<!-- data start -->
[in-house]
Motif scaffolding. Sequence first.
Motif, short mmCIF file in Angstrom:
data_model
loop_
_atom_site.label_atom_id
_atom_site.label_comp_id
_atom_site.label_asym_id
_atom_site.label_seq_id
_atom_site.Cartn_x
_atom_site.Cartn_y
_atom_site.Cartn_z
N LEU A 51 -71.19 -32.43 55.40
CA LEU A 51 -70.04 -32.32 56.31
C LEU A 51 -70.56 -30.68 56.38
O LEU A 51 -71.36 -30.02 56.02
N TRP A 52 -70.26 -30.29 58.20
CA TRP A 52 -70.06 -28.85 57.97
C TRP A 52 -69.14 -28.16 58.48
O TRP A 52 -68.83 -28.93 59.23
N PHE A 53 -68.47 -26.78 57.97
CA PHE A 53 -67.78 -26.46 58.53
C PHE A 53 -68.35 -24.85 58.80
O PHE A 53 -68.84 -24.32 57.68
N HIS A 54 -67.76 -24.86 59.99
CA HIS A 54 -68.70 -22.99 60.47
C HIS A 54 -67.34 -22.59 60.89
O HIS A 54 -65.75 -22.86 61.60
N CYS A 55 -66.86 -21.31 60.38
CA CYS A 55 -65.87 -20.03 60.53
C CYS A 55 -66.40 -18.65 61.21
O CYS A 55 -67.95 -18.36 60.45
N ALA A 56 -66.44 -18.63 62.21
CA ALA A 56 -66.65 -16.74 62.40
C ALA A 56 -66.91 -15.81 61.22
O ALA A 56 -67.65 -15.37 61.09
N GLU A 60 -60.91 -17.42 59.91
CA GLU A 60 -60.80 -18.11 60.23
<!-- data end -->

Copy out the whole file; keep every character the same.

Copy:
[in-house]
Motif scaffolding. Sequence first.
Motif, short mmCIF file in Angstrom:
data_model
loop_
_atom_site.label_atom_id
_atom_site.label_comp_id
_atom_site.label_asym_id
_atom_site.label_seq_id
_atom_site.Cartn_x
_atom_site.Cartn_y
_atom_site.Cartn_z
N LEU A 51 -71.19 -32.43 55.40
CA LEU A 51 -70.04 -32.32 56.31
C LEU A 51 -70.56 -30.68 56.38
O LEU A 51 -71.36 -30.02 56.02
N TRP A 52 -70.26 -30.29 58.20
CA TRP A 52 -70.06 -28.85 57.97
C TRP A 52 -69.14 -28.16 58.48
O TRP A 52 -68.83 -28.93 59.23
N PHE A 53 -68.47 -26.78 57.97
CA PHE A 53 -67.78 -26.46 58.53
C PHE A 53 -68.35 -24.85 58.80
O PHE A 53 -68.84 -24.32 57.68
N HIS A 54 -67.76 -24.86 59.99
CA HIS A 54 -68.70 -22.99 60.47
C HIS A 54 -67.34 -22.59 60.89
O HIS A 54 -65.75 -22.86 61.60
N CYS A 55 -66.86 -21.31 60.38
CA CYS A 55 -65.87 -20.03 60.53
C CYS A 55 -66.40 -18.65 61.21
O CYS A 55 -67.95 -18.36 60.45
N ALA A 56 -66.44 -18.63 62.21
CA ALA A 56 -66.65 -16.74 62.40
C ALA A 56 -66.91 -15.81 61.22
O ALA A 56 -67.65 -15.37 61.09
N GLU A 60 -60.91 -17.42 59.91
CA GLU A 60 -60.80 -18.11 60.23